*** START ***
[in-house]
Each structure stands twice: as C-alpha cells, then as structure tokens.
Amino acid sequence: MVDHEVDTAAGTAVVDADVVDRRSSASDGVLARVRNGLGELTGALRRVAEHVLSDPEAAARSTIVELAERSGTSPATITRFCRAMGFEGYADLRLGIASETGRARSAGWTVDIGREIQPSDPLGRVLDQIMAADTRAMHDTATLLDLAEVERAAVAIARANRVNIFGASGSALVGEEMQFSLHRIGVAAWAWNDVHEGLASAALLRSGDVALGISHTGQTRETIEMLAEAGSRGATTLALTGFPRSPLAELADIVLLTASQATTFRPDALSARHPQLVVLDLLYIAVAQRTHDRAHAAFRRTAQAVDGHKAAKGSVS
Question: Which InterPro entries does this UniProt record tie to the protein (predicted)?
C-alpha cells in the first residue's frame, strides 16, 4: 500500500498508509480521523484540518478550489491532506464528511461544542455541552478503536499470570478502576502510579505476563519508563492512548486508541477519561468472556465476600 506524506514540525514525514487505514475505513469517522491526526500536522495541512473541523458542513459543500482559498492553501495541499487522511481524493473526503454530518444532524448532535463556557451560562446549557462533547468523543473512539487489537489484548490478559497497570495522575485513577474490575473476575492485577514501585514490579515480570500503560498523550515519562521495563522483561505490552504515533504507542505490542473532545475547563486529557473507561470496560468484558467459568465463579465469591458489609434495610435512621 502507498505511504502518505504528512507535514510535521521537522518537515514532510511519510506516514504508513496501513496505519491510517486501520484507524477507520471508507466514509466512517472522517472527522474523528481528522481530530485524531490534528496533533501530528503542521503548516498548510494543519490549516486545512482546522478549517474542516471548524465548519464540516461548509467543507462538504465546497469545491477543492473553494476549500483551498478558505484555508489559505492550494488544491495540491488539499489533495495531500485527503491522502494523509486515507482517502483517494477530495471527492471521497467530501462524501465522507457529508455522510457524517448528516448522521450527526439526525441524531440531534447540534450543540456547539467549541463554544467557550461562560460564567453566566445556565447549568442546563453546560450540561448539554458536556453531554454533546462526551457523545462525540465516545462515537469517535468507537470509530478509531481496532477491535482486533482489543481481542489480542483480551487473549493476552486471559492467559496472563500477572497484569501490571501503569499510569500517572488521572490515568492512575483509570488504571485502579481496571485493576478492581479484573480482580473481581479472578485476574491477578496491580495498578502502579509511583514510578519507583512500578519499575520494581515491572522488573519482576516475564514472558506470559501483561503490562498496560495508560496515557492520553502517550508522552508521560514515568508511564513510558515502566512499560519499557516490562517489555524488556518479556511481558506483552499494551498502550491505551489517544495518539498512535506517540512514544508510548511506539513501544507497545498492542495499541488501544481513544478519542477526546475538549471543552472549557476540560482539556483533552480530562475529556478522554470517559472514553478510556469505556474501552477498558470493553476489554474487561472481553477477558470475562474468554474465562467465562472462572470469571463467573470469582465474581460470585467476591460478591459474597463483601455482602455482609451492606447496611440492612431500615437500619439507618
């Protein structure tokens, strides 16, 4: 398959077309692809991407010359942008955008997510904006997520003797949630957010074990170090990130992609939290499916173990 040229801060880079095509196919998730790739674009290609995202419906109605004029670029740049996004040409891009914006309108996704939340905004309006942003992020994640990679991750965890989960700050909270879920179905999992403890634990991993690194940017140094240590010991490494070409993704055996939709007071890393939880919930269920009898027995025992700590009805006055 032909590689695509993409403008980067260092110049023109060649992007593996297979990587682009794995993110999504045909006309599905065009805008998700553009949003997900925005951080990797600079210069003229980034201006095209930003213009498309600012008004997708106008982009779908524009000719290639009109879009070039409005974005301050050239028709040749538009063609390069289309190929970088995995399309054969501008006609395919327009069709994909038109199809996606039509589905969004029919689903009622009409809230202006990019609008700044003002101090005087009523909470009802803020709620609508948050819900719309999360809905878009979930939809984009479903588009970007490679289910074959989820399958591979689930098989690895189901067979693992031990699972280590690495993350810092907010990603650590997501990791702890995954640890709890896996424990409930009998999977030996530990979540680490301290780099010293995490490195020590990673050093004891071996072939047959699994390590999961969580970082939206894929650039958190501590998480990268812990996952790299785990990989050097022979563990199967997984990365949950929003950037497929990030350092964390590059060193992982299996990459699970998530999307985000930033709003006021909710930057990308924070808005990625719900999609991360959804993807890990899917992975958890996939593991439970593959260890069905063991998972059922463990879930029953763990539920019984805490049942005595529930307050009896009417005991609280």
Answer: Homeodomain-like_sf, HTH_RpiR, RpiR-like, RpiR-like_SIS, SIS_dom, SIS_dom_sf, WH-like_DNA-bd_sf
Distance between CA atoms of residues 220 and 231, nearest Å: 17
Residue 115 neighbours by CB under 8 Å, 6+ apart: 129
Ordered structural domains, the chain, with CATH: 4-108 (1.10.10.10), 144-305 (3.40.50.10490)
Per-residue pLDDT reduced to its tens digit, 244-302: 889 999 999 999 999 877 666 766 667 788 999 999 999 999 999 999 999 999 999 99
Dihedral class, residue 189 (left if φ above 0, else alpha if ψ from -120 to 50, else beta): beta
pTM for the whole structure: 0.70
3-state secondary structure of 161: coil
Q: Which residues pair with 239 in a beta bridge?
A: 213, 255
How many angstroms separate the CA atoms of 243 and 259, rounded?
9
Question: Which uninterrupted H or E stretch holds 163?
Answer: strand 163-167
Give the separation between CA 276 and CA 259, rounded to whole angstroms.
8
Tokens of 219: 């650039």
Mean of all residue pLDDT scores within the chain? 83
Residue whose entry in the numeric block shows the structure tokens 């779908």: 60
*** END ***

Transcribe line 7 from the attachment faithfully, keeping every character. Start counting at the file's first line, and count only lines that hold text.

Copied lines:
Answer: Homeodomain-like_sf, HTH_RpiR, RpiR-like, RpiR-like_SIS, SIS_dom, SIS_dom_sf, WH-like_DNA-bd_sf